I look forward to your comments!

About facebook and open government

When back in November, I blogged about the Lisbon Treaty possibly instigating a paradigm shift in public consultation, I was wondering if the European Commission would ever be forced (as in: would not have any other option!) to consider Facebook. I could see how difficult it would be if there was no means of authenticating Facebook users as being EU citizens, or if one could not prevent one citizen creating a hundred profiles!

Nothing has changed to bring a Facebook-login closer to personal authentication. But, just days ago Facebook and AOL agreed that Facebook  users could now chat with their friends right through AOL Instant Messenger (AIM). This is an achievement from Facebook’s perspective under many counts. Not least, is the one that was pointed out by Mike Melanson in his post on ReadWriteWeb:

   “The partnership reinforces the idea that our Facebook profile is at the center of our online existence. Whether or not someone is signed into AOL is no longer what’s at stake here, it’s whether or not the user is logged into Facebook.”

In January, Mike had revealed how statistics released by widget-maker Gigya showed that 65% of its traffic came from Facebook.

A look at data published by Experian shows that, for the week ending 20th February,  6.98% of visits were to Google and that this was followed closely by 6.77% of visits going to Facebook. This of course excludes the number of people that have Google as their homepage and the ones that go to Google to type “facebook” and click on the first link! The Experian data dashboard also shows that over 49% of social network hits were to Facebook. Google must have been aware of this when, on the same day as the Facebook/AOL deal they launched Buzz. I remain unimpressed by this last addition to Google’s portfolio and so I am not going to waste your time by linking to it. :)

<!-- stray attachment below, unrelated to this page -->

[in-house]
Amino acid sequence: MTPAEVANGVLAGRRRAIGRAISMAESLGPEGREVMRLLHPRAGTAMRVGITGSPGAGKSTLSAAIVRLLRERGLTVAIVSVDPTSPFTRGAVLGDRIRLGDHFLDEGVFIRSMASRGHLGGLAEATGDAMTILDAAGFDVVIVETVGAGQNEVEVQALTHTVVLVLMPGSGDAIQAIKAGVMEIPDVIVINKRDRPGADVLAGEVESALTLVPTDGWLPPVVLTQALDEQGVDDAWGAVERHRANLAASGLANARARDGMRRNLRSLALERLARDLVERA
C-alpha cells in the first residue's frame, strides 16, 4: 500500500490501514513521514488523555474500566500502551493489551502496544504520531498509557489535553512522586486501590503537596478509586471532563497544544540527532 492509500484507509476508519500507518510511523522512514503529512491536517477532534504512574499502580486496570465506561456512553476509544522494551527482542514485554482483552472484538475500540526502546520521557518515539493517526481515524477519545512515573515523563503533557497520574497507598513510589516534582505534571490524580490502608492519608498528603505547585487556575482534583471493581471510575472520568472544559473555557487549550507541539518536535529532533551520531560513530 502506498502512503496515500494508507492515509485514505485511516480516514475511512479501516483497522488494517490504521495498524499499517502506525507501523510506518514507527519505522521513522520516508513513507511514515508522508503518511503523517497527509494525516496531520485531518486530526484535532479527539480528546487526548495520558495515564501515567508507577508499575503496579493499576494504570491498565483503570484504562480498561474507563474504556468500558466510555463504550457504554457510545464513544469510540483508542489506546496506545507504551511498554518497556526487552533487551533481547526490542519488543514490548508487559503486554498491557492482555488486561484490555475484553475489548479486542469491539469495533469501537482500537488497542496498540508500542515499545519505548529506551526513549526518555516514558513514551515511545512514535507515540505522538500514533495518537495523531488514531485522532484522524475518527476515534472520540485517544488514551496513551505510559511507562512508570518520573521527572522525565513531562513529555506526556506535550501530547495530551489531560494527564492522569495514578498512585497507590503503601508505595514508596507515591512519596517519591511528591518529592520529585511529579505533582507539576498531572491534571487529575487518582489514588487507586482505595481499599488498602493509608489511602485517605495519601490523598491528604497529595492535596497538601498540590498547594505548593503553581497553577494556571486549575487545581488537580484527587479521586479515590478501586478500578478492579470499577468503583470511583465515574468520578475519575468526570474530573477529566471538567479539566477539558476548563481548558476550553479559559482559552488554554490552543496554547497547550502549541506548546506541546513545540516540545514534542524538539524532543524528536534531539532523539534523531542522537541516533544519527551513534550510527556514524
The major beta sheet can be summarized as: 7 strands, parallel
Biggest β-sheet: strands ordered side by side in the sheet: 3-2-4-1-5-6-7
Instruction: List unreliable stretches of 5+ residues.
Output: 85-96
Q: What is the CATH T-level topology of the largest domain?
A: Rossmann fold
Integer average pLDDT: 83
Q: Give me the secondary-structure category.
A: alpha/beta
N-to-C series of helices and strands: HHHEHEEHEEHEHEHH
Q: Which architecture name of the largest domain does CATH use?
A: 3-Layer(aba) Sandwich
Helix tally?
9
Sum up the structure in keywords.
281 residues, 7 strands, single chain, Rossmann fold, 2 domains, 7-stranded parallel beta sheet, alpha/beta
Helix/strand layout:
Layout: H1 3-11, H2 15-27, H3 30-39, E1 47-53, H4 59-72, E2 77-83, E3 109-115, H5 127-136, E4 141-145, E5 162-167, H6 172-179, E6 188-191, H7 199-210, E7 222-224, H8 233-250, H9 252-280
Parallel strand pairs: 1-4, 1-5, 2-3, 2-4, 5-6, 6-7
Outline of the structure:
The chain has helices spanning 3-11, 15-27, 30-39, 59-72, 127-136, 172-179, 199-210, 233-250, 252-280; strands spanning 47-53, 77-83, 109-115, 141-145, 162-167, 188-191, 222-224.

Fact 1:  Facebook Connect is free and easy to implement, allows any website to link to 350 million facebookers and is steadily being implemented by all those who would like to stay alive.
   Fact 2: Facebook Connect is part of the Open ID project. Simply put, OpenID allows you to use an existing login account from any participating partner to sign in to multiple websites [read more]

If Facebook Connect is becoming so important, when will it go the next level and start offering to authenticate the identity of its users? How would this affect open government initiatives?

Following the launch of the OpenGov initiative in the US, ten industry leaders (including Google) had come forward to take part in a pilot that would allow the American public to participate in Government through Web 2.0. Why is Facebook not one of them?

Open theatre

The curtain goes down to never, never come back up. The stage, the whole theatre, the square in front of the theatre and the streets leading to the houses with the flickering white lights coming from TV and computer screens spilling outside onto the dark alleys — all has become one. The roles have been reversed and the king is on stage singing to an audience that can’t be bothered to listen and be moved.

Spun into one big act, where there is a place for everybody, this is the setting which allowed the world to welcome social networking. A social leap, rather than a technological leap as it is frequently perceived. There is only place for those who understand this reality and will play this game.

“Open” is in because “open” is everywhere and synonymous with that theatre that has dropped its boundaries. It is one big act and if you are not playing or singing, you are dancing to a beat which you can make your own.